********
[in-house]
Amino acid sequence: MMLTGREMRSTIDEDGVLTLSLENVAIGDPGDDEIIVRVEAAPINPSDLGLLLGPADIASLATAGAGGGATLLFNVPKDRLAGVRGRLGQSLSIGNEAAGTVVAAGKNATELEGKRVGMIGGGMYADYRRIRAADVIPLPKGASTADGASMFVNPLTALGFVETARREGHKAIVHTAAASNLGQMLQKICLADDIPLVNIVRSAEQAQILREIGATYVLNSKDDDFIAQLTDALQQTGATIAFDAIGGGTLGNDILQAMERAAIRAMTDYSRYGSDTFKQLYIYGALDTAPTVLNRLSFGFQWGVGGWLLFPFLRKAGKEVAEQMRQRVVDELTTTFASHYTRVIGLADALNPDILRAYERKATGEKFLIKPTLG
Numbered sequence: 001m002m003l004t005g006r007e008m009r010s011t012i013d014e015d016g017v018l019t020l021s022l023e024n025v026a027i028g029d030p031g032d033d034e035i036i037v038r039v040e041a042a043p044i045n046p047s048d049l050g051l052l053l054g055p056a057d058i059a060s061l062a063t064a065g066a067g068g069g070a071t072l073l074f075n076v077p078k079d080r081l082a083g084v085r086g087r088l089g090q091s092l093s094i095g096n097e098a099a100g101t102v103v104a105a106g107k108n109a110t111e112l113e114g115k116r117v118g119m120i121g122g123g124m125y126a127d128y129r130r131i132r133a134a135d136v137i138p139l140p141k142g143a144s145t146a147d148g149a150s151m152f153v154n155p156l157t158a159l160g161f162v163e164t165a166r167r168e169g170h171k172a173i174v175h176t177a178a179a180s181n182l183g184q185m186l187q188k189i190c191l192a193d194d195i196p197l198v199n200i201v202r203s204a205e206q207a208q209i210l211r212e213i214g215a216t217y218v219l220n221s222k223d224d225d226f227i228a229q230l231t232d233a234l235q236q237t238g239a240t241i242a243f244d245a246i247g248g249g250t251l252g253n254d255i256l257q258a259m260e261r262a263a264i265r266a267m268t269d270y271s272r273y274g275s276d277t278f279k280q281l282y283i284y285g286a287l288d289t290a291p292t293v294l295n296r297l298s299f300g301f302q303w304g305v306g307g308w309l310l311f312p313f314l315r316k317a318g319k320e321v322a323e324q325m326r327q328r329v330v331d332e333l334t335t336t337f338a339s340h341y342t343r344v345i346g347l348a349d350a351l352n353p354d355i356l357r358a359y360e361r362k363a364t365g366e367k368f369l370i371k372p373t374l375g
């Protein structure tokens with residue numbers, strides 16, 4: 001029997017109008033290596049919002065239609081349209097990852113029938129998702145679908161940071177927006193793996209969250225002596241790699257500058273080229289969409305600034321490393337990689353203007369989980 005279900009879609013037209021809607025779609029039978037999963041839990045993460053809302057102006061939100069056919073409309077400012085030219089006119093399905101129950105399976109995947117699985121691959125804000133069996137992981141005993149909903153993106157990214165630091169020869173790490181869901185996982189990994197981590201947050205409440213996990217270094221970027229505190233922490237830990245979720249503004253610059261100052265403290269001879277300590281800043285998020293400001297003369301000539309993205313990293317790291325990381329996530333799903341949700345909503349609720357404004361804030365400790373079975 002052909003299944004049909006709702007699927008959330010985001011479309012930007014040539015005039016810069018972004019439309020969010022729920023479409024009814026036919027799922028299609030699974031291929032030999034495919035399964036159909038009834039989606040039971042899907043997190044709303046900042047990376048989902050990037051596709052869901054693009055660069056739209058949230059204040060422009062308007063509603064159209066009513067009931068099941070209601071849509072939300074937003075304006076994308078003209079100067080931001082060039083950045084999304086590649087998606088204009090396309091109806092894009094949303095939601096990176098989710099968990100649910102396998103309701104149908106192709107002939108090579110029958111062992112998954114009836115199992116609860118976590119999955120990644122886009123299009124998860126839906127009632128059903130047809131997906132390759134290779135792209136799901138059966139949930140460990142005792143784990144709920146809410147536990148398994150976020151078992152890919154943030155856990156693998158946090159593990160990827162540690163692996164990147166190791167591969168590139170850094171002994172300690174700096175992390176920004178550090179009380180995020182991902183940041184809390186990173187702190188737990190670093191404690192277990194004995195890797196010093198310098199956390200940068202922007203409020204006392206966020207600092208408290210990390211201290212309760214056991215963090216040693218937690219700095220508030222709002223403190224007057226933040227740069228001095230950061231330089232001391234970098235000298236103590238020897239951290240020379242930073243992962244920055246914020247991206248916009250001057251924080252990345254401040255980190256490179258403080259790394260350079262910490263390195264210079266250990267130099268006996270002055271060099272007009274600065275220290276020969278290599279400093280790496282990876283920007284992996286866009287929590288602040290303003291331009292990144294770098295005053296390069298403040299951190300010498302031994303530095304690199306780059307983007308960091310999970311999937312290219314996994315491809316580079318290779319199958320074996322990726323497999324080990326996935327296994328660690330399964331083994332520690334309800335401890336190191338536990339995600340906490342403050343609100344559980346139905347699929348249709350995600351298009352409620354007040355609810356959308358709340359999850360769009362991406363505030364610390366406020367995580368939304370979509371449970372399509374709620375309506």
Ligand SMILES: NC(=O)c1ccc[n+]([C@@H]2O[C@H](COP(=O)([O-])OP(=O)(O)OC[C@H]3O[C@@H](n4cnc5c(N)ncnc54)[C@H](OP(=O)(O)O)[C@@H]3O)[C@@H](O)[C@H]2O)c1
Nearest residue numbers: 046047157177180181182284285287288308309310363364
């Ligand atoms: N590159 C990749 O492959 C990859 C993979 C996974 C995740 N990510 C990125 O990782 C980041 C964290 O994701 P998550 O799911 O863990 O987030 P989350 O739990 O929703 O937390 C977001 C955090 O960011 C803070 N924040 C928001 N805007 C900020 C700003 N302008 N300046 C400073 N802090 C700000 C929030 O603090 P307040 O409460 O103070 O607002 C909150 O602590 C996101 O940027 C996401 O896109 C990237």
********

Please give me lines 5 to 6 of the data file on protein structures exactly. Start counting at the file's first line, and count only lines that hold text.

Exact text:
Ligand SMILES: NC(=O)c1ccc[n+]([C@@H]2O[C@H](COP(=O)([O-])OP(=O)(O)OC[C@H]3O[C@@H](n4cnc5c(N)ncnc54)[C@H](OP(=O)(O)O)[C@@H]3O)[C@@H](O)[C@H]2O)c1
Nearest residue numbers: 046047157177180181182284285287288308309310363364